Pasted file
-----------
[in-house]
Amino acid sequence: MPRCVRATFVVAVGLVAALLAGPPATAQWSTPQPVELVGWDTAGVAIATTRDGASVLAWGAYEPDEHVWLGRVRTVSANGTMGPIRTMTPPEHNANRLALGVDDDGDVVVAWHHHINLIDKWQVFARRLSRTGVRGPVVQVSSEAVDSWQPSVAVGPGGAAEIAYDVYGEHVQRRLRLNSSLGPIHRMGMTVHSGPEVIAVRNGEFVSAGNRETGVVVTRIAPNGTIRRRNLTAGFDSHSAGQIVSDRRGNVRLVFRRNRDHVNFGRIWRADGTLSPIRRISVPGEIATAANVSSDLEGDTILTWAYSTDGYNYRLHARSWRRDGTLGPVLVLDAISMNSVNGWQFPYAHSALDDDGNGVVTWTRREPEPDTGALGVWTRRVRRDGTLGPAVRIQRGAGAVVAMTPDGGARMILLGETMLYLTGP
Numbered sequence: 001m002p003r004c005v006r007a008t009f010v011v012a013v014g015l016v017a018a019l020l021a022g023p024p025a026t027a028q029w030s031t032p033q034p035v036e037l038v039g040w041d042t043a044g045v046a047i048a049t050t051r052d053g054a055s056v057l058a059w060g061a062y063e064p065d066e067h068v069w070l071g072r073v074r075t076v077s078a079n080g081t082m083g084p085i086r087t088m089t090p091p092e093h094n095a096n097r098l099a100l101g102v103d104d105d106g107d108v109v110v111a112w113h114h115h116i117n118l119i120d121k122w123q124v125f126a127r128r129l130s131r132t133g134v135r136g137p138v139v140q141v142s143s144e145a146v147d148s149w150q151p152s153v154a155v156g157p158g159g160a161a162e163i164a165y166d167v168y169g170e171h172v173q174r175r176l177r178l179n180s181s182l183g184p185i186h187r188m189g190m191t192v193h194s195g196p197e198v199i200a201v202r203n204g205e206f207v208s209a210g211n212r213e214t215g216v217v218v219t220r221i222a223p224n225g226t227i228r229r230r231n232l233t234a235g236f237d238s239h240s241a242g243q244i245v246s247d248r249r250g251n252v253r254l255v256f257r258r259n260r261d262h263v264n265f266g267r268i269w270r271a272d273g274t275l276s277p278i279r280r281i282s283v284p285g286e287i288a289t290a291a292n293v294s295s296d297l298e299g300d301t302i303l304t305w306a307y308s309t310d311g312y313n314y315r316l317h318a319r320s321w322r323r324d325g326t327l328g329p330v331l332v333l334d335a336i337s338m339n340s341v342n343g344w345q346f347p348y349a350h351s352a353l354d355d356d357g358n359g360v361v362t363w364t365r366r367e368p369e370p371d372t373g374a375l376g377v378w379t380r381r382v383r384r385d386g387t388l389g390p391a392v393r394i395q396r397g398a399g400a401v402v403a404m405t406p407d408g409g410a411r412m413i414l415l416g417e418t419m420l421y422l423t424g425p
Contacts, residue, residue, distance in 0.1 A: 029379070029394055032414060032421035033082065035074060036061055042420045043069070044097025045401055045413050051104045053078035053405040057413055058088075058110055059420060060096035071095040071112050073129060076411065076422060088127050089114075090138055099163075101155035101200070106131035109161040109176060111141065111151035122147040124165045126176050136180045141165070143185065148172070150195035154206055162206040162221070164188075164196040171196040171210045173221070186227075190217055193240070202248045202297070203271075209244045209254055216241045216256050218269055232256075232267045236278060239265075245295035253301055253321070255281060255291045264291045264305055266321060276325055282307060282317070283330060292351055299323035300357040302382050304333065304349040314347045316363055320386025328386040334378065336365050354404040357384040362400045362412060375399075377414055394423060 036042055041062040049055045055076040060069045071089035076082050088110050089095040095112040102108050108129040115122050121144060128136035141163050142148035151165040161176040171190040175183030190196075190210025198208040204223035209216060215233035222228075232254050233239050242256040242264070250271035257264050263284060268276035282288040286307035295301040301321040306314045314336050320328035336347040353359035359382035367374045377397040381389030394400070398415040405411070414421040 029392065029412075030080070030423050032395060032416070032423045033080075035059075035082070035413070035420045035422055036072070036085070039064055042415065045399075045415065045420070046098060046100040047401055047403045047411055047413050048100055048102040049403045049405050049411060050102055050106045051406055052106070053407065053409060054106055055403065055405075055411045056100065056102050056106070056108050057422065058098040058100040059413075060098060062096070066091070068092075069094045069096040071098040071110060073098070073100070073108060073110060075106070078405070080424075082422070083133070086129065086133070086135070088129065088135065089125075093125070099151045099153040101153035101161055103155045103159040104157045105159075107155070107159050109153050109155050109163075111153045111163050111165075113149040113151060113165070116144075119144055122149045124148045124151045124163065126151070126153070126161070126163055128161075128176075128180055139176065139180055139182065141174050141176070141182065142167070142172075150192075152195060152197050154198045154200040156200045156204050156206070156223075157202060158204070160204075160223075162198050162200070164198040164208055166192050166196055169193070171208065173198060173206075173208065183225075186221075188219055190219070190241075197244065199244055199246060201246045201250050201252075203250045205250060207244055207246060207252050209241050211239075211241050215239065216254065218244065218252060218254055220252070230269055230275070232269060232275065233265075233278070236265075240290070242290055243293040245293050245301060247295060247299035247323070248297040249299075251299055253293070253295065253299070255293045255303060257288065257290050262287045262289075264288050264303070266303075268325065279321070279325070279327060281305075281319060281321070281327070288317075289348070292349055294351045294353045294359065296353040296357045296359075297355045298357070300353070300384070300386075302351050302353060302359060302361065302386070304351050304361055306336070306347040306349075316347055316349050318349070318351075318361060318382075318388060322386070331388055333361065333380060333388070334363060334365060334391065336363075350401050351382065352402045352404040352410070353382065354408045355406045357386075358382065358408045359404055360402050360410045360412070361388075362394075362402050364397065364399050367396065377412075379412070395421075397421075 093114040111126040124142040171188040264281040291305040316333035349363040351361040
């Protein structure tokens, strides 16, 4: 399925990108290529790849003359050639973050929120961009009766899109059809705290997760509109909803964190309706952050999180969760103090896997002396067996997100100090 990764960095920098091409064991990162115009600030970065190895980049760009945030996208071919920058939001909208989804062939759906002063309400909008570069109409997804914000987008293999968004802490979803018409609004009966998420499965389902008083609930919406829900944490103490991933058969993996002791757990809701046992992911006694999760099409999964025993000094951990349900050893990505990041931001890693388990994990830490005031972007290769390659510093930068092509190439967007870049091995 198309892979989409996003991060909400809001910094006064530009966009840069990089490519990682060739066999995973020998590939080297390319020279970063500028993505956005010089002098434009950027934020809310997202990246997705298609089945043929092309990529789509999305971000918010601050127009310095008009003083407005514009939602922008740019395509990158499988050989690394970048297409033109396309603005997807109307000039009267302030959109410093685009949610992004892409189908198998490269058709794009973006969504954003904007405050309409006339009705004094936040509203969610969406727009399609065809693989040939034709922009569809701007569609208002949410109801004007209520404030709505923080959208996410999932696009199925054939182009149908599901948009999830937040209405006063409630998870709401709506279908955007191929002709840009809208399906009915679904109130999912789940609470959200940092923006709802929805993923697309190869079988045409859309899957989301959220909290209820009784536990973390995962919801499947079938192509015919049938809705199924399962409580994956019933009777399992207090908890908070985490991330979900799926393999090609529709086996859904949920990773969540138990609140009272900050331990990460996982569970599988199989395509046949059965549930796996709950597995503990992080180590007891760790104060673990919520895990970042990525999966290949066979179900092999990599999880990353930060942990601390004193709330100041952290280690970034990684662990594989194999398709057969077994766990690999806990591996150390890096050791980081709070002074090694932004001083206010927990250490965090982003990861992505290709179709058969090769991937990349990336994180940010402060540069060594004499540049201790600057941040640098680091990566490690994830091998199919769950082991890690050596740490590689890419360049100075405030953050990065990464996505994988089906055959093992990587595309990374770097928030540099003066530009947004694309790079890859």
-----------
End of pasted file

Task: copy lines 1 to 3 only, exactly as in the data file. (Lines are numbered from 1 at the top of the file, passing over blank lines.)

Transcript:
[in-house]
Amino acid sequence: MPRCVRATFVVAVGLVAALLAGPPATAQWSTPQPVELVGWDTAGVAIATTRDGASVLAWGAYEPDEHVWLGRVRTVSANGTMGPIRTMTPPEHNANRLALGVDDDGDVVVAWHHHINLIDKWQVFARRLSRTGVRGPVVQVSSEAVDSWQPSVAVGPGGAAEIAYDVYGEHVQRRLRLNSSLGPIHRMGMTVHSGPEVIAVRNGEFVSAGNRETGVVVTRIAPNGTIRRRNLTAGFDSHSAGQIVSDRRGNVRLVFRRNRDHVNFGRIWRADGTLSPIRRISVPGEIATAANVSSDLEGDTILTWAYSTDGYNYRLHARSWRRDGTLGPVLVLDAISMNSVNGWQFPYAHSALDDDGNGVVTWTRREPEPDTGALGVWTRRVRRDGTLGPAVRIQRGAGAVVAMTPDGGARMILLGETMLYLTGP
Numbered sequence: 001m002p003r004c005v006r007a008t009f010v011v012a013v014g015l016v017a018a019l020l021a022g023p024p025a026t027a028q029w030s031t032p033q034p035v036e037l038v039g040w041d042t043a044g045v046a047i048a049t050t051r052d053g054a055s056v057l058a059w060g061a062y063e064p065d066e067h068v069w070l071g072r073v074r075t076v077s078a079n080g081t082m083g084p085i086r087t088m089t090p091p092e093h094n095a096n097r098l099a100l101g102v103d104d105d106g107d108v109v110v111a112w113h114h115h116i117n118l119i120d121k122w123q124v125f126a127r128r129l130s131r132t133g134v135r136g137p138v139v140q141v142s143s144e145a146v147d148s149w150q151p152s153v154a155v156g157p158g159g160a161a162e163i164a165y166d167v168y169g170e171h172v173q174r175r176l177r178l179n180s181s182l183g184p185i186h187r188m189g190m191t192v193h194s195g196p197e198v199i200a201v202r203n204g205e206f207v208s209a210g211n212r213e214t215g216v217v218v219t220r221i222a223p224n225g226t227i228r229r230r231n232l233t234a235g236f237d238s239h240s241a242g243q244i245v246s247d248r249r250g251n252v253r254l255v256f257r258r259n260r261d262h263v264n265f266g267r268i269w270r271a272d273g274t275l276s277p278i279r280r281i282s283v284p285g286e287i288a289t290a291a292n293v294s295s296d297l298e299g300d301t302i303l304t305w306a307y308s309t310d311g312y313n314y315r316l317h318a319r320s321w322r323r324d325g326t327l328g329p330v331l332v333l334d335a336i337s338m339n340s341v342n343g344w345q346f347p348y349a350h351s352a353l354d355d356d357g358n359g360v361v362t363w364t365r366r367e368p369e370p371d372t373g374a375l376g377v378w379t380r381r382v383r384r385d386g387t388l389g390p391a392v393r394i395q396r397g398a399g400a401v402v403a404m405t406p407d408g409g410a411r412m413i414l415l416g417e418t419m420l421y422l423t424g425p